Mouse damage of precious Purple Podded peas - the joys of seed saving!Mouse damage of precious Purple Podded peas - the joys of seed saving!
 

A few years ago I finally managed to find the 'Duke of Albany' Victorian pea seeds which I'd put in a safe place (fatal in my case as I've mentioned!)  It's an old-fashioned very tall and tasty, main-crop pea - an incredibly rare variety and not available anywhere. I grew it in the tunnel a few years ago and when I went to collect the seed, all the mice had left me was just one pod, containing 6 seeds! Anyway, when I eventually found those 6 in the 'safe place'!  I sowed them - this time into a large pot which I then brought into the tunnel to ripen safely. From those 6 seeds - I had 122.  I was thrilled!  Enough for a 15ft/5m row in the garden this year (about 70 seeds) while making sure I have enough to carry over to next year if any of next year's seed gets robbed!  I now never sow all of any very rare variety, as an insurance against total loss. This winter I shall put the D of A with the rest of my rare seed, in an old cake tin with holes punched in - rather than in that safe place where mice got them before!!    

 

Out with the old -

 

The next job is to finish lifting any potatoes that were covered after blight hit.  It was almost 2 months later this year than the last couple of years due to the hot dry summer - so despite not being able to water them much there's a good crop underneath what's left of them that we haven't yet eaten!. The tops or haulms were taken off, and they were covered with black polythene to stop the blight spores washing down through the soil onto the tubers, which is what actually rots them. Since then I've just been lifting them as needed. They won't survive the rodents though and will just encourage slugs now - so I always lift them now, wash them, dry them well and then store them either in black dustbins in the feed shed, or in large plant trays covered with blankets or old duvets to keep out the light and stop them going green. Over the years I've found this much the best way of keeping them, first putting either an old brown feed bag or a thick wodge of newspaper in the bottom to absorb any moisture and more on top under the lid to catch condensation. Being in the shed keeps the light and frost out of them - much easier and more reliable than an earth clamp - and also a lot less hard work - though not as evocative I grant you! Over the winter I'll lift the lids every so often and inspect them - even early varieties will keep well all winter this way. Always make sure they're well dried off first though, and have absolutely no damp clay on them.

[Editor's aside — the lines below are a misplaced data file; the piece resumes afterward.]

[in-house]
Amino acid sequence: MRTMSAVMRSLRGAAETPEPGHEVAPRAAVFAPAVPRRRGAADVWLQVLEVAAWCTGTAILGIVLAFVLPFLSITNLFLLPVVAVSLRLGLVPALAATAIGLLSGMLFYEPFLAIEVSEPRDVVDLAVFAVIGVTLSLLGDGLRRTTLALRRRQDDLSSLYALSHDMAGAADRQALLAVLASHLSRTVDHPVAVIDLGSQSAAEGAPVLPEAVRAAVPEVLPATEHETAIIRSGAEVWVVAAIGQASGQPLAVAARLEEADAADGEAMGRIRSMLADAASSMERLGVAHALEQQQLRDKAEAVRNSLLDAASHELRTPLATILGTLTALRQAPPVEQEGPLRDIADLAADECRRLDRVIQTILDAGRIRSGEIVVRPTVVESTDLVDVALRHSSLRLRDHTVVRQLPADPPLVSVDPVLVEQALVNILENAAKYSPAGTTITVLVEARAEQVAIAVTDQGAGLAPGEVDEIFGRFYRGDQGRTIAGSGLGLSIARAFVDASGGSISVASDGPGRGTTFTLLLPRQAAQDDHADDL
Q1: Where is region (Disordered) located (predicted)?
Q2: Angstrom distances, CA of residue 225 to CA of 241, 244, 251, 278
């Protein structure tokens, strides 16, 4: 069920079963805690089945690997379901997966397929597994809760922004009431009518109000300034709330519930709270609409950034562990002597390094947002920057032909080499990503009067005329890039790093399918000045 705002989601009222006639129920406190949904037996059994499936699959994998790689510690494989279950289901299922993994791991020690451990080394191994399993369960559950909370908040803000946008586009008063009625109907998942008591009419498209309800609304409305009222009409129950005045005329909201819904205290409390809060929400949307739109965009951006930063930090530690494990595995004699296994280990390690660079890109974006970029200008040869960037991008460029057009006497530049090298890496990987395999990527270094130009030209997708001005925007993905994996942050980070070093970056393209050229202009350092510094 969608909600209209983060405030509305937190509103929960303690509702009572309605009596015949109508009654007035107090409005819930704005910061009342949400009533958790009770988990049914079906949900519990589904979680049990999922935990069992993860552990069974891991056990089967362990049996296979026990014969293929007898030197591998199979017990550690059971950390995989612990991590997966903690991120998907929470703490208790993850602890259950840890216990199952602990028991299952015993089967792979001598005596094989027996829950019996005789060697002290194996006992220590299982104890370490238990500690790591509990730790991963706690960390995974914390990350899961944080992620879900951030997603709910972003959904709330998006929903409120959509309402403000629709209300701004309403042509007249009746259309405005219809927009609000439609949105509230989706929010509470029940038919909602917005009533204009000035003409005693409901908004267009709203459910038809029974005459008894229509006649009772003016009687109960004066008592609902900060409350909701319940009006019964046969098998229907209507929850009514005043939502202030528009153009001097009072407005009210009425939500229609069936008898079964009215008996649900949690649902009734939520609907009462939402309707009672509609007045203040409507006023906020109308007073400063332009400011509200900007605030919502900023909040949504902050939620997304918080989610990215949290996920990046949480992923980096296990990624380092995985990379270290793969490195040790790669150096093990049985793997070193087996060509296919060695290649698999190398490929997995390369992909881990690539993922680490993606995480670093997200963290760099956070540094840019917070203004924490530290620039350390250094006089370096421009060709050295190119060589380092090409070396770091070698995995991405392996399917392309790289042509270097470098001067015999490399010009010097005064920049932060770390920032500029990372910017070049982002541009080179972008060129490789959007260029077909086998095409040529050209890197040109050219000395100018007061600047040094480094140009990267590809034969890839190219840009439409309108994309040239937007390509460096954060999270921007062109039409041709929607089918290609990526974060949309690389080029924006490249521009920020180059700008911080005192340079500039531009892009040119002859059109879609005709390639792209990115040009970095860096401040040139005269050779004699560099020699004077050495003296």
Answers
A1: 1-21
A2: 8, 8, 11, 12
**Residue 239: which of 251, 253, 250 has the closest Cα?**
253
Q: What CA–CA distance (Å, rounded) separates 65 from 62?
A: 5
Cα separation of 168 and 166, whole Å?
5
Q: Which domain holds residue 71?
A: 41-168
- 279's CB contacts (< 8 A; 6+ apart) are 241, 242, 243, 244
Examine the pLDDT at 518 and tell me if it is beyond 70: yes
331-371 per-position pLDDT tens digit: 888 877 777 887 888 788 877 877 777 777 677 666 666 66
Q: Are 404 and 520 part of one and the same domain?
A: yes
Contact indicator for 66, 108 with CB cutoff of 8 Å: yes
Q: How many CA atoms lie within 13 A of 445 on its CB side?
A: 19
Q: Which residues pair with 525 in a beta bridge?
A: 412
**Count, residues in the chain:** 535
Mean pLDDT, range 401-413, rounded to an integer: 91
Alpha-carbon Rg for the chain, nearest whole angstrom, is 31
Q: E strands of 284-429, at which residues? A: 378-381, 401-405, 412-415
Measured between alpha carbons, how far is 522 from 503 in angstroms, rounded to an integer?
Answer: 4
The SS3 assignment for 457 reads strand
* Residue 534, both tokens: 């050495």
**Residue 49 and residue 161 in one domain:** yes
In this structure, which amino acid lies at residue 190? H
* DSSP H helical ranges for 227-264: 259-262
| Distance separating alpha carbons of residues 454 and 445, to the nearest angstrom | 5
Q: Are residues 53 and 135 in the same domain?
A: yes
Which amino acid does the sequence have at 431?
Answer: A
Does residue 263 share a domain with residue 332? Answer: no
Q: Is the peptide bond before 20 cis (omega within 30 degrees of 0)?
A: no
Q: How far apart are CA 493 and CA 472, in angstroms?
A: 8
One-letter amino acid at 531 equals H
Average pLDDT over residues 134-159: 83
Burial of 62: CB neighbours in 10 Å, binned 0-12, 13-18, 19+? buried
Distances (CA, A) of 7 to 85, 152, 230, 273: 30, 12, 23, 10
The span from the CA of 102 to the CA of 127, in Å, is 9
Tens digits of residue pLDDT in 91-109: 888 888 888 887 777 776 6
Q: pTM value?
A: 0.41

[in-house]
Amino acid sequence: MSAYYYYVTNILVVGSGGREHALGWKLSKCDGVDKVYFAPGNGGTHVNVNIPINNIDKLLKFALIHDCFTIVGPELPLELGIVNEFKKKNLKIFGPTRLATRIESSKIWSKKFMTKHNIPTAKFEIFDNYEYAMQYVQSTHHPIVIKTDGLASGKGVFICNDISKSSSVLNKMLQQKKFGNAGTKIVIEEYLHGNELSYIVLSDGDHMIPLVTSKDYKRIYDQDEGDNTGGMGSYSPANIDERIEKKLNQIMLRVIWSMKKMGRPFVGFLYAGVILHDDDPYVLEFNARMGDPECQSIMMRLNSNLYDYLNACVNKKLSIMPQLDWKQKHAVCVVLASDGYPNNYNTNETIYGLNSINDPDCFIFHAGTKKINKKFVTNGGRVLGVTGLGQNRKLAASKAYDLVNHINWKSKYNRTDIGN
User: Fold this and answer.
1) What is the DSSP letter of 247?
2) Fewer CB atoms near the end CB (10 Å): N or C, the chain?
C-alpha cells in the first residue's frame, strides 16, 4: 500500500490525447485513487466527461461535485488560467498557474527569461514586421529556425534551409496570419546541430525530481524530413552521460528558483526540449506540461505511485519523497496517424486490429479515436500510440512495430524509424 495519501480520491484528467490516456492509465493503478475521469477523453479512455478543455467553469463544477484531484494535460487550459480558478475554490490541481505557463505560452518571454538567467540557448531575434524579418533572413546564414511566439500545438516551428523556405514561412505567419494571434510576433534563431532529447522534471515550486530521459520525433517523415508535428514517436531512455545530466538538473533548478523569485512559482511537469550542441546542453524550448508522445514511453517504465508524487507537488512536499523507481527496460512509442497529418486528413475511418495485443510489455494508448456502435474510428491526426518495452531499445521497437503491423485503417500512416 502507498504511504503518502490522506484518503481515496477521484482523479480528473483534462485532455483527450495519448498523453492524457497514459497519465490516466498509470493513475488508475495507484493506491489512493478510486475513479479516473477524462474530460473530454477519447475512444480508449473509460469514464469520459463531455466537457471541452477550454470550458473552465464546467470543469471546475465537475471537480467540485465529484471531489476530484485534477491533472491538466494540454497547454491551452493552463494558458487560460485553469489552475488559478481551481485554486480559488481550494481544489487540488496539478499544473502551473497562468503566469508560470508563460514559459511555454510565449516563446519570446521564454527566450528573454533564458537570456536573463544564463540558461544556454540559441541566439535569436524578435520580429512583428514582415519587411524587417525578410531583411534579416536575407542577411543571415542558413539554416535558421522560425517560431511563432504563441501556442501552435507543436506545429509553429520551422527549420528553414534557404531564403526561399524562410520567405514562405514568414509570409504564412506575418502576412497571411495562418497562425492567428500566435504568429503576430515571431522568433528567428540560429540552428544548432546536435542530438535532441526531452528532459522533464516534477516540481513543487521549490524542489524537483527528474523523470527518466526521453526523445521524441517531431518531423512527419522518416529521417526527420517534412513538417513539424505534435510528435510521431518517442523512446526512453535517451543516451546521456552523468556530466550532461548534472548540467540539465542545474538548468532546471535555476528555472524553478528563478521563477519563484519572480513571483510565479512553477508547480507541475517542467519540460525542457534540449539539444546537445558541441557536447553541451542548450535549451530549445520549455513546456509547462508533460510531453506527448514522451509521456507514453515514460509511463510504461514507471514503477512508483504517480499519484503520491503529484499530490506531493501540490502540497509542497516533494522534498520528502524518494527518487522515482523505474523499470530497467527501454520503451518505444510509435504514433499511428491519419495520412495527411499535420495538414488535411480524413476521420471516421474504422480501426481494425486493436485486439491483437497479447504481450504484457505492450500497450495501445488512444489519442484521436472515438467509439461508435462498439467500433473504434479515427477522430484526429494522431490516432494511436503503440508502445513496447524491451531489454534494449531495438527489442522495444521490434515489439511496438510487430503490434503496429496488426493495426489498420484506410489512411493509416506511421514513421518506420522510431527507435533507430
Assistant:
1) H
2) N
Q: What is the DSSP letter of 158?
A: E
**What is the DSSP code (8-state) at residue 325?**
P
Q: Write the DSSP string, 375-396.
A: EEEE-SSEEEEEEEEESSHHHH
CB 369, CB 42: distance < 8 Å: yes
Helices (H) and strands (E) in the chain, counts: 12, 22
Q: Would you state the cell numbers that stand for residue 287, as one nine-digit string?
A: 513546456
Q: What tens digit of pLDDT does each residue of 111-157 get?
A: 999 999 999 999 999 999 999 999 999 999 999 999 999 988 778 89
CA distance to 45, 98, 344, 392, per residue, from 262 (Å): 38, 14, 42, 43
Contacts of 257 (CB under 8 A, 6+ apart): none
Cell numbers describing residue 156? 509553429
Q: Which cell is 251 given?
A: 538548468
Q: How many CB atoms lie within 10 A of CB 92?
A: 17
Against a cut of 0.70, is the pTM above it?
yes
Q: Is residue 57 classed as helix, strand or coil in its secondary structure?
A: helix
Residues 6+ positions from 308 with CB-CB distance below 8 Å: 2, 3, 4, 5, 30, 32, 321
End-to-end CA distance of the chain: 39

And in with the new! Potatoes for Christmas and New Year crops 

 
 

We're looking forward to a festive treat for the taste buds! Over the years I've found the old-fashioned Duke of York and Sharpe's Express to be the best for producing Christmas new potatoes - but I've also had great success with Mayan gold - which is delicious-flavoured and also Lady Christl too.  I love experimenting and pushing the boundaries of what's possible. They were all tubers held back from last year's crops that were not planted in spring. I kept them very cool - though not in the fridge, in an unused room with no heating, and just lightly covered the crate they were in with cloth - rather than polythene which would sweat. I think the seed companies who have potato tubers for Christmas planting probably keep them in cold storage - but they look nearly as wrinkled as mine, so they're definitely last year's crop! No matter - as long as they're alive - potatoes are always mad keen to grow. I planted some on 22nd August, and a few more a couple of weeks later. 

 

All an early or second early potato needs to have some sort of crop underneath it is no frost and 10-12 weeks of growing, and at this time of year after that they'll just be 'ticking over' anyway. As soon as frost threatens I'll bring them in to the coolest end of the tunnel, where they'll be covered with fleece if it's very cold. Last year I tried Violetta which I grew for the first time 6 years ago and saved seed tubers from this spring. After lifting the spring crop, I put them in a pot ready to take into the shed and then promptly forgot them! The other day I discovered them in their pot still sitting waiting for me on a seat in the garden bless them - but now sprouting because of the rain! Not wanting to disappoint them - I've now potted them up! I think they should do well. I grow several different types of purple potatoes now as they have so many health benefits due to the anthocyanins they contain which gives them their wonderful colour. They're also delicious!